The NFL is set up to make teams like the Raiders believe they’re good enough. That no matter how stark the truth is about their defensive ineptness, there is always hope for middling .500 teams to make a late-season run to the playoffs.
But trying to conceal how bad the Raiders are defensively gets tougher and tougher each week.
It finally got defensive coordinator Paul Guenther fired Sunday night.
Indianapolis exposed several warts in a 44-27 win at Allegiant Stadium, the Colts on putting some serious distance between themselves and the Raiders if and when any playoff tiebreaker scenarios would arise.
Shortly after, Guenther was relieved of his duties.
Feels a bit silly to be talking about the Raiders and a postseason berth following the last three weeks. Blowout loss to the Falcons. Hail Mary escape against the Jets. Blowout loss to the Colts.
It apparently doesn’t take much to run for 200-plus on the Raiders right now. The Jets did last week and now the Colts, who rushed for 212 total and over 6 per carry.
The Raiders were awful on third down, allowing the Colts to convert on 8-of-11 chances. Gains that included 19, 17 and 27 yards.
No playoff talk
“We have to make some real improvements,” Raiders coach Jon Gruden said. “We have a short week. We have to get ready for the Chargers (on Thursday night). We can’t worry about the playoffs and who’s winning and losing around the league.
“I don’t want to hear any other playoff questions. We have to take care of our business and find a way to win our eighth football game.”
I suppose those stricter COVID-19 weekly protocols also meant the closure of defensive laboratories. That’s where Gruden said he and his staff spent a good amount of time following a 45-20 home loss to Tampa Bay in October.
The Raiders’ defense has moments, glimpses, hints that things might get better. A stop here. A forced turnover there. A second half in Kansas City. Just not near enough.
It was after that loss to Tampa Bay when a report circulated across social media that Gruden was about to fire Guenther. He didn’t then, but the fact it occurred now shouldn’t surprise. Based strictly on numbers, few could argue.
Just as long as Gruden and general manager Mike Mayock also fall on a large portion of the sword.
They put this defense together. They committed more dollar signs to it this past offseason. They’re as responsible as anyone for a defense that ranks among the league’s bottom five in sacks and points allowed. Guenther is the predictable fall guy, but hardly the sole reason for all that defines things.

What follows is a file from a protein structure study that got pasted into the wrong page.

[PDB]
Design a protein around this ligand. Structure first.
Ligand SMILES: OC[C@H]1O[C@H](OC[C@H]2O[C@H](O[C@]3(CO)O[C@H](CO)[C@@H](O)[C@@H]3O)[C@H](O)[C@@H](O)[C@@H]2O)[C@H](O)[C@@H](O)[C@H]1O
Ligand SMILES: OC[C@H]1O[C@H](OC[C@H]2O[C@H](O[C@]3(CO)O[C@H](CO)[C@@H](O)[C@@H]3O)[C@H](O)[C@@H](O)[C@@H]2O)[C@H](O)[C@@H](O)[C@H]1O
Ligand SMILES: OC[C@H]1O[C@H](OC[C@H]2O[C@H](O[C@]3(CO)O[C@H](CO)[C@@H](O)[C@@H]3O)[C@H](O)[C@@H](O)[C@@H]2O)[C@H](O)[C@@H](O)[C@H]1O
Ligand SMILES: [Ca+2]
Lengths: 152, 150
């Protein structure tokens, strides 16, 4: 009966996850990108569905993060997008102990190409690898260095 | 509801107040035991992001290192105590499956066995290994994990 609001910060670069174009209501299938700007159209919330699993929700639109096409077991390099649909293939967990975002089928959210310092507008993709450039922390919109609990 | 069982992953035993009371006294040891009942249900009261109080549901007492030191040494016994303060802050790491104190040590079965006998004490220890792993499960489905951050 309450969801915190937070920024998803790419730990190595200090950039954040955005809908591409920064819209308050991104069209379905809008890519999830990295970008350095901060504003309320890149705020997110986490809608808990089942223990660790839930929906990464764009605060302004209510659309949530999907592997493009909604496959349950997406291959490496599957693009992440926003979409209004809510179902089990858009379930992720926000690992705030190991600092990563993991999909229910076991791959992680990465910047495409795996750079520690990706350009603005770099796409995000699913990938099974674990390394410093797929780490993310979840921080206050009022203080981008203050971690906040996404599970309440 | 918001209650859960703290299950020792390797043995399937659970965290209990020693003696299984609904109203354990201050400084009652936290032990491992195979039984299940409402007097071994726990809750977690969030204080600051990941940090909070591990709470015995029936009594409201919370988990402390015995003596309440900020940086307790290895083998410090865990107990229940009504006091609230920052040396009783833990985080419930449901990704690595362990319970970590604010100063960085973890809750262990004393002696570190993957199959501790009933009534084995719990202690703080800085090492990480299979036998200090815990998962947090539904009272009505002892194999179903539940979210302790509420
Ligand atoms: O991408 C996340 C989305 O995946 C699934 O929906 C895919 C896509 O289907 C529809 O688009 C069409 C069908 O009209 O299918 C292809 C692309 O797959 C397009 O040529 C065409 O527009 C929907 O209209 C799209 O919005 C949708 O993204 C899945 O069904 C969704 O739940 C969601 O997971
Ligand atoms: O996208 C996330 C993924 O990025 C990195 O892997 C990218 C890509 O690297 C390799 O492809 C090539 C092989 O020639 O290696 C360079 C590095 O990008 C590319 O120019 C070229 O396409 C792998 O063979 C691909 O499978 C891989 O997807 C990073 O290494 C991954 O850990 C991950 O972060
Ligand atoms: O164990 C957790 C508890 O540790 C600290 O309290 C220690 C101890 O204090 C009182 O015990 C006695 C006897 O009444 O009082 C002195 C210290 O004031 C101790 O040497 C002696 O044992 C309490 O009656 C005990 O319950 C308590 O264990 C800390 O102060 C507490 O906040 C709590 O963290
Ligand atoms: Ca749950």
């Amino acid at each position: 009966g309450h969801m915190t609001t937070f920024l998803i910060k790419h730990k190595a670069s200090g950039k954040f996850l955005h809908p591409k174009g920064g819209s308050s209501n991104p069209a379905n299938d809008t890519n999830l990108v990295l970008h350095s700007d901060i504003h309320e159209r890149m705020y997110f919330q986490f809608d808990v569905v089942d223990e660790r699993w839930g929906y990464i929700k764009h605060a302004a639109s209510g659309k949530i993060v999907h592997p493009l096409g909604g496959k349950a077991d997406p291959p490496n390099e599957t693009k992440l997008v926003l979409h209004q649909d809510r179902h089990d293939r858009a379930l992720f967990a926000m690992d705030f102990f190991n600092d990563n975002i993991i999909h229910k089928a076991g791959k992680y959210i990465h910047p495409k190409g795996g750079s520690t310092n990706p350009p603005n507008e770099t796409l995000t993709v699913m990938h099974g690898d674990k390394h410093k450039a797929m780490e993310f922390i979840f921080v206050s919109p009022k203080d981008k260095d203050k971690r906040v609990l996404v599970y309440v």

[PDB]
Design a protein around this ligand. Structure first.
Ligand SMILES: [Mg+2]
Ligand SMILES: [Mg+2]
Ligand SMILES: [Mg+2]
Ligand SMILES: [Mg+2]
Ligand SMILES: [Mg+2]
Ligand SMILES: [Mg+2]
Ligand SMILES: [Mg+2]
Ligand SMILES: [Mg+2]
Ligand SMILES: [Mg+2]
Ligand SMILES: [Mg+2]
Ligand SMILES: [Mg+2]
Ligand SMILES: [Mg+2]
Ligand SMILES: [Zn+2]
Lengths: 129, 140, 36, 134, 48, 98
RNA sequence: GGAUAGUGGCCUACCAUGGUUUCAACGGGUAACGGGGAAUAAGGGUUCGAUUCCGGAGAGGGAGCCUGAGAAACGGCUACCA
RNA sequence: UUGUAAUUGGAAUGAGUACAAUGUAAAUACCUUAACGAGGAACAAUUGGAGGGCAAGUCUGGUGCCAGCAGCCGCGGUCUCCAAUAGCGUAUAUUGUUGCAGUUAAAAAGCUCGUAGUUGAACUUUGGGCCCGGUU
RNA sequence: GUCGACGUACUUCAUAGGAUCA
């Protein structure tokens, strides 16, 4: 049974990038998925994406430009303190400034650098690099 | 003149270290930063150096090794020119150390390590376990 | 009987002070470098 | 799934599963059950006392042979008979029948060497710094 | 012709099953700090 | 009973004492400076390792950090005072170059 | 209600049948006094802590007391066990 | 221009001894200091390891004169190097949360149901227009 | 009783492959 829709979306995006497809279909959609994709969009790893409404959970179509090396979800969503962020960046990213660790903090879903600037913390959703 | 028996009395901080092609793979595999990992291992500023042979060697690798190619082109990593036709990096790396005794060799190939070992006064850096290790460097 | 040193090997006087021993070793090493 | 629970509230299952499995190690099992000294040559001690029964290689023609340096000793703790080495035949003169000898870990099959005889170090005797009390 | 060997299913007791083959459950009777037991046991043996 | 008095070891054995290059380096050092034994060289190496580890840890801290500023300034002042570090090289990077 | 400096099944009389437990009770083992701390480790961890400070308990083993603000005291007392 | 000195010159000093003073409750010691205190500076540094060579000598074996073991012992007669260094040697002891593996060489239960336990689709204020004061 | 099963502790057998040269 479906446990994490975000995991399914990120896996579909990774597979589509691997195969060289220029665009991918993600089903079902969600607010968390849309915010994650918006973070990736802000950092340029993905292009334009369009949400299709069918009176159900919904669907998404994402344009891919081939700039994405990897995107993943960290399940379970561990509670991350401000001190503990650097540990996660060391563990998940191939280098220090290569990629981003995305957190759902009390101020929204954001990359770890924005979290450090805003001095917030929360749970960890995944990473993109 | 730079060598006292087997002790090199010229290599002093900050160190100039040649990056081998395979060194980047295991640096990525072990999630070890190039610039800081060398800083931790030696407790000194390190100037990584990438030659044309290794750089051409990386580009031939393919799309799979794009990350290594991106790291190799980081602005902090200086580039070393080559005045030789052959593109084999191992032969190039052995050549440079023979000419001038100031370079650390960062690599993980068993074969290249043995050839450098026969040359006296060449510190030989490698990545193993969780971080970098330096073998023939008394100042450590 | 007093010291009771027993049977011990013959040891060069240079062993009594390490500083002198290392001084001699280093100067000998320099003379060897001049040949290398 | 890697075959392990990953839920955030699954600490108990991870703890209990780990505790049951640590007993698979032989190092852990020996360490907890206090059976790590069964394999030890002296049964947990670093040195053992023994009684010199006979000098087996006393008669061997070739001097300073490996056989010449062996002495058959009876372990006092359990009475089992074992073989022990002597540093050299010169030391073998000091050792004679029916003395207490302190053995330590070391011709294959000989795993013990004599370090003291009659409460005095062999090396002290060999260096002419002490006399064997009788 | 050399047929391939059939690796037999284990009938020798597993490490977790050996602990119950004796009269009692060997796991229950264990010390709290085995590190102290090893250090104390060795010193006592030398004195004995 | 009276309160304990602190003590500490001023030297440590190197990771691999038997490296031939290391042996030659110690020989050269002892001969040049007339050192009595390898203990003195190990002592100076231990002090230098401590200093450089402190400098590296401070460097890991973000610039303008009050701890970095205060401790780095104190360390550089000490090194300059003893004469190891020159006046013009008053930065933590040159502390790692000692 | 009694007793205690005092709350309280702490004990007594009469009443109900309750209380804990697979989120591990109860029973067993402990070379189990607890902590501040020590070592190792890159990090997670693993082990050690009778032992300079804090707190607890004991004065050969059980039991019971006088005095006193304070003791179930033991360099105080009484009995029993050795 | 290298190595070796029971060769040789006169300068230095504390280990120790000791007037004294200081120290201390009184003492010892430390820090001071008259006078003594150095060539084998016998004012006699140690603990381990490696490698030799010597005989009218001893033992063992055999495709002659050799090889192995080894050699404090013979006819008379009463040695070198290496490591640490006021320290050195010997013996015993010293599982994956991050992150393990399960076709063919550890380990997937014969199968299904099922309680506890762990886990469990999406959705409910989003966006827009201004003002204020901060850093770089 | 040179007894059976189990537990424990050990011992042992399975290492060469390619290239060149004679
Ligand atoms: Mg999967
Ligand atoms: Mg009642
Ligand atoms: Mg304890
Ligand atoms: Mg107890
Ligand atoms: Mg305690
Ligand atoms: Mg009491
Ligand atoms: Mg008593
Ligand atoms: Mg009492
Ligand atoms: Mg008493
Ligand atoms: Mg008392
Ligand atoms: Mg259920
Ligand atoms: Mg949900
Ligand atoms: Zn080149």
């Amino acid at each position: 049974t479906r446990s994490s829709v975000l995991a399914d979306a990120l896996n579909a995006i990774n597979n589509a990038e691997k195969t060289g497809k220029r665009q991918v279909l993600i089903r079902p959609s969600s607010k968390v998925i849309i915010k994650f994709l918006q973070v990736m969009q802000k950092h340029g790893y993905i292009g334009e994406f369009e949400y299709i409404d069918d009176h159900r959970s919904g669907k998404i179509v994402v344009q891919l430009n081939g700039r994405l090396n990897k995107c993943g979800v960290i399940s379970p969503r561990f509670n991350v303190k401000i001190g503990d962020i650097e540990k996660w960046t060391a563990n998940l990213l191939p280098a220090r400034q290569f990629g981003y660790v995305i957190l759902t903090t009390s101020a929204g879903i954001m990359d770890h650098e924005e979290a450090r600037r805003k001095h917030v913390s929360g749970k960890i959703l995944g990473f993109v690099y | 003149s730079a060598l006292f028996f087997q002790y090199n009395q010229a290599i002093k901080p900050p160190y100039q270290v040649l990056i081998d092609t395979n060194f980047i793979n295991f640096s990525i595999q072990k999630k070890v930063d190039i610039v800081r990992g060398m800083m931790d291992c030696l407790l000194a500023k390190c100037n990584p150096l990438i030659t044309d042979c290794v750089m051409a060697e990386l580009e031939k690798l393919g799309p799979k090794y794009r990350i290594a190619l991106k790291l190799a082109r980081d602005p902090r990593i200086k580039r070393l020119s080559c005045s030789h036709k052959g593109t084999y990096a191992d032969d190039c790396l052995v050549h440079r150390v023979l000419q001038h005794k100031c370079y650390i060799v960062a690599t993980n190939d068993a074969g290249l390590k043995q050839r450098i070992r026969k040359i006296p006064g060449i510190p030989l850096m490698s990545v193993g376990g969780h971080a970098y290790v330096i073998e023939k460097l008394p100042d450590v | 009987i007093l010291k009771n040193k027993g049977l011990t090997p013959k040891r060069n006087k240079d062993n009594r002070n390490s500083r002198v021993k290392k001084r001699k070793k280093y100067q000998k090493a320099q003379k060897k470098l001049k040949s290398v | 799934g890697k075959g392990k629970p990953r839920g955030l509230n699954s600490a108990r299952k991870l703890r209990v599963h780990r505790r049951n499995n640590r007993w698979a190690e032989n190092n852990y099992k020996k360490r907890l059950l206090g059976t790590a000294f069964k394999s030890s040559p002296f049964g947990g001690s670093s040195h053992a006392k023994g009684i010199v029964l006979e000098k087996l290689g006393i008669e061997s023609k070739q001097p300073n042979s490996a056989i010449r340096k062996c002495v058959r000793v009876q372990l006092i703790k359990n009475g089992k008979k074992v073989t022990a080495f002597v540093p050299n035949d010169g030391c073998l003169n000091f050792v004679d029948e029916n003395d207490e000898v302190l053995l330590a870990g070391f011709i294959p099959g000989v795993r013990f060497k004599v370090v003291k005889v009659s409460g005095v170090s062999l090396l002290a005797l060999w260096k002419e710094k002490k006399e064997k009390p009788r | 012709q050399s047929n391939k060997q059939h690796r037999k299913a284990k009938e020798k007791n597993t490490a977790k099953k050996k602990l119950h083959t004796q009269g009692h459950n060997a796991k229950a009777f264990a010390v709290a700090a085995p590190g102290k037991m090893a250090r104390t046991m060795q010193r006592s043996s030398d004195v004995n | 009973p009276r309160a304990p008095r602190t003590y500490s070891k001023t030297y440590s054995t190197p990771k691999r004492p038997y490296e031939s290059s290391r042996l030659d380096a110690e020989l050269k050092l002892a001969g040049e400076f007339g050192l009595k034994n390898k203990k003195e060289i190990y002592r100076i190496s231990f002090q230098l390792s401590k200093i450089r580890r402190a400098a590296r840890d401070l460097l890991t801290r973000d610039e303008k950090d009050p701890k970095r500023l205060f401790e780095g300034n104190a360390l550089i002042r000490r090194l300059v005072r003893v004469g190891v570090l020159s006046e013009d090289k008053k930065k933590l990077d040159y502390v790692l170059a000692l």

Yes, guys are hurt. Rookie cornerback Damon Arnette and safety Jeff Heath missed Sunday’s game. Defensive end Clelin Ferrell left with an injured shoulder. Second-year safety Johnathan Abram played — and not that well — after being limited in practice all week with an injured knee.
But taking bad angles and allowing big scoring plays are often more about mental lapses than not being physically gifted enough. So too are foolish penalties at inopportune times. This goes much deeper than a weekly injury report.
“The confidence for our defense, it’s there,” said linebacker Nick Kwiatkoski. “Take what happened today, take what happened (against the Jets), correct those things and move on. We set ourselves up as a team in a pretty good position to finish strong. No matter what happens, just keep going.”
Teams get hot
It’s a week-to-week league. There is zero chance anyone would have predicted these past three games following a thrilling 35-31 loss to the Chiefs.
But behind every mask is a face and that face tells a story. The Raiders have been able to hide their defensive shortcomings at times in earning a 7-6 record, but then a team like the Colts comes along and the secret gets exposed all over again.
Teams with this kind of defense might stay in the playoff hunt until the end. Heck, it might even sneak into the tournament with some serious good fortune.
And yet until things get fixed — it’s going to take a lot more than a change at coordinator — contending for anything more isn’t at all reasonable.
No matter how much the NFL is set up to make you believe otherwise.
Ed Graney is a Sigma Delta Chi Award winner for sports column writing and can be reached at firstname.lastname@example.org or 702-383-4618. He can be heard on “The Press Box,” ESPN Radio 100.9 FM and 1100 AM, from 7 a.m. to 10 a.m. Monday through Friday. Follow @edgraney on Twitter.